The negotiations and passage of the new law are likely a dress rehearsal for comprehensive tax reform during President Obama’s second term.  Both the President and the GOP have called for making the Tax Code more simple and fair for individuals and businesses.  The many proposals for tax reform include consolidation of the current individual income tax brackets, repeal of the AMT, moving the U.S. from a worldwide to territorial system of taxation, and a reduction in the corporate tax rate. Congress and the Obama administration also must tackle sequestration, which the American Taxpayer Relief Act delayed for two months. All this and more is expected to keep federal tax policy in the news in 2013. Our office will keep you posted of developments.

If you have any questions about the American Taxpayer Relief Act, please contact Azran Financial at (310) 691-5040 or (818) 691-1234 or via e-mail at [email protected]  We can schedule an appointment to discuss how the changes in the new law may be able to maximize your tax savings.

The IRS has recently issued guidance on the so-called portability election and the applicable estate and gift tax exclusion amount. As a surviving spouse, this guidance may impact your estate planning opportunities.

In general, the estate tax is imposed on a decedent’s gross estate as increased by the decedents’ taxable lifetime gifts, and reduced by any allowable estate tax deductions, such as the charitable or marital deduction.

In addition, the estate of every decedent is allowed a credit (the “applicable credit amount”) in determining the amount of estate tax due. The applicable credit amount effectively acts to exclude a certain amount of property from the estate tax (the “applicable exclusion amount”). With proper planning a married couple could take advantage of the applicable exclusion amount in each of their respective estates. However, prior to the Tax Relief, Unemployment Insurance Reauthorization, and Job Creation Act of 2010 (2010 Tax Relief Act) it was possible for a married couple to waste the applicable exclusion amount of the first spouse to die. Consequently, the 2010 Tax Relief act introduced the concept of “portability” with respect to the unused portion of the applicable exclusion amount of a predeceased spouse, referred to as the deceased spousal unused exclusion amount (DSUEA).

For estates of decedents dying after 2010, the applicable exclusion amount is equal to the sum of the basic exclusion amount and any available DSUEA, if previously elected. The basic exclusion amount is $5 million, which is adjusted for inflation beginning in 2012. A “portability election” passes along a decedent’s unused estate and gift tax exclusion amount to a surviving spouse.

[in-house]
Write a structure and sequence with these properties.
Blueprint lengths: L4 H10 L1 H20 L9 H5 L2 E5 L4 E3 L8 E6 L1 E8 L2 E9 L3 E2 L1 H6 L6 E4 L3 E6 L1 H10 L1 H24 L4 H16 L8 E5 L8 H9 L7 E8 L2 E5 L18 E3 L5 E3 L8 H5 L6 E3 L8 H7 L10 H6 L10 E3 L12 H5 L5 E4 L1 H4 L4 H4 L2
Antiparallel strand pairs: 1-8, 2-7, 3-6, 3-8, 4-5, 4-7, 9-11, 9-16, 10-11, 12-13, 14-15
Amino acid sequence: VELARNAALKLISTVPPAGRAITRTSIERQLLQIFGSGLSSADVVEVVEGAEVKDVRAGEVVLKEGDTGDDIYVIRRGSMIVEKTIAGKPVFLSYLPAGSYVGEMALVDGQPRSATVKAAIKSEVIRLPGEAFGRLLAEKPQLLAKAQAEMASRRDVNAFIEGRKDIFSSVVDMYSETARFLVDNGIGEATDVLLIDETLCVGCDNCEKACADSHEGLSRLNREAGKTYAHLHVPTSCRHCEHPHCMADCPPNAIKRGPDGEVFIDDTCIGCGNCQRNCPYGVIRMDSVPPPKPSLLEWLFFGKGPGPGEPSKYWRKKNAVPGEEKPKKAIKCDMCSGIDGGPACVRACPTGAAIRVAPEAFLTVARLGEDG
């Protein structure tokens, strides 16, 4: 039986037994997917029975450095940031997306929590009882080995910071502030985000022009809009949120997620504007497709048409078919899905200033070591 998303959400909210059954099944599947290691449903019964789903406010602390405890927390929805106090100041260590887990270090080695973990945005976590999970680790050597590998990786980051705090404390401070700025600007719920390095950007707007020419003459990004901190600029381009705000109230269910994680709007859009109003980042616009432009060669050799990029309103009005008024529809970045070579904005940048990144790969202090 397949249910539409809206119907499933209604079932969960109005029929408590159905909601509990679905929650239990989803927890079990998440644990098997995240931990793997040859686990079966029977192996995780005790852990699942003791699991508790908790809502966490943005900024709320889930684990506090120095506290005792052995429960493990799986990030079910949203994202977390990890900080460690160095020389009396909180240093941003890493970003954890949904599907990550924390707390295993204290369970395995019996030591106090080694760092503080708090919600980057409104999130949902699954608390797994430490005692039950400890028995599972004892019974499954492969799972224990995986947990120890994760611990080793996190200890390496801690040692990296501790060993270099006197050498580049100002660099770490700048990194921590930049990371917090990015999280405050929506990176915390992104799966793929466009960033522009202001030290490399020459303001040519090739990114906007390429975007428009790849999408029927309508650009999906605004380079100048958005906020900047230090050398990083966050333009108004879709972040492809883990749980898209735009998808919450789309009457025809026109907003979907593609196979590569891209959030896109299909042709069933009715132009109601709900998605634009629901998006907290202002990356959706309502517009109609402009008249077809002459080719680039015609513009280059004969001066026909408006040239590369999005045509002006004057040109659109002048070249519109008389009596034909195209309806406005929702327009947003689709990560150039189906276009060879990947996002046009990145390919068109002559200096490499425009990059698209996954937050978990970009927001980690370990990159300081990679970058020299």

The IRS guidance discusses the following:

  1. the estate and gift tax applicable exclusion amount, in general;
  1. the requirements for electing portability of any DSUEA to the surviving spouse; and
  1. the applicable rules for the use of the DSUEA by the surviving spouse.

It should be noted that as is the case for other changes made to the estate and gift tax rules by the Economic Growth and Tax Relief Reconciliation Act of 2001, and the 2010 Tax Relief Act, the concept of “portability” of a deceased spouse’s unused exclusion amount will end for the estates of decedents dying after December 31, 2012, unless Congress acts to extend this provision.

Regardless, the estate tax return on which the portability election is made must be filed within the time prescribed by law. In that way, the surviving spouse can take advantage of the DSUEA, should the portability provision be extended.

The IRS guidance explains the requirements for what is considered to be a “complete and properly-prepared return.” If the return is being filed only for the purpose of electing portability, the executor does not have to report the value of certain property qualifying for the marital or charitable deduction. The total value of the gross estate must be estimated based on a determination made with good faith and due diligence regarding the value of all assets includable in the gross estate.

If the executor does not wish to make the portability election, regulations require the executor to make an affirmative statement on the estate tax return indicating this to be the case. When no return is required to be filed for the decedent’s estate, not filing a timely filed return will be considered to be an affirmative statement of the decision not to make a portability election. With certain limited exceptions, only the executor of the estate is allowed to file the estate tax return and make the portability election.

IRS guidance also clarifies the computation of the DSUEA in certain circumstances and addresses the use of the DSUEA by the surviving spouse, including: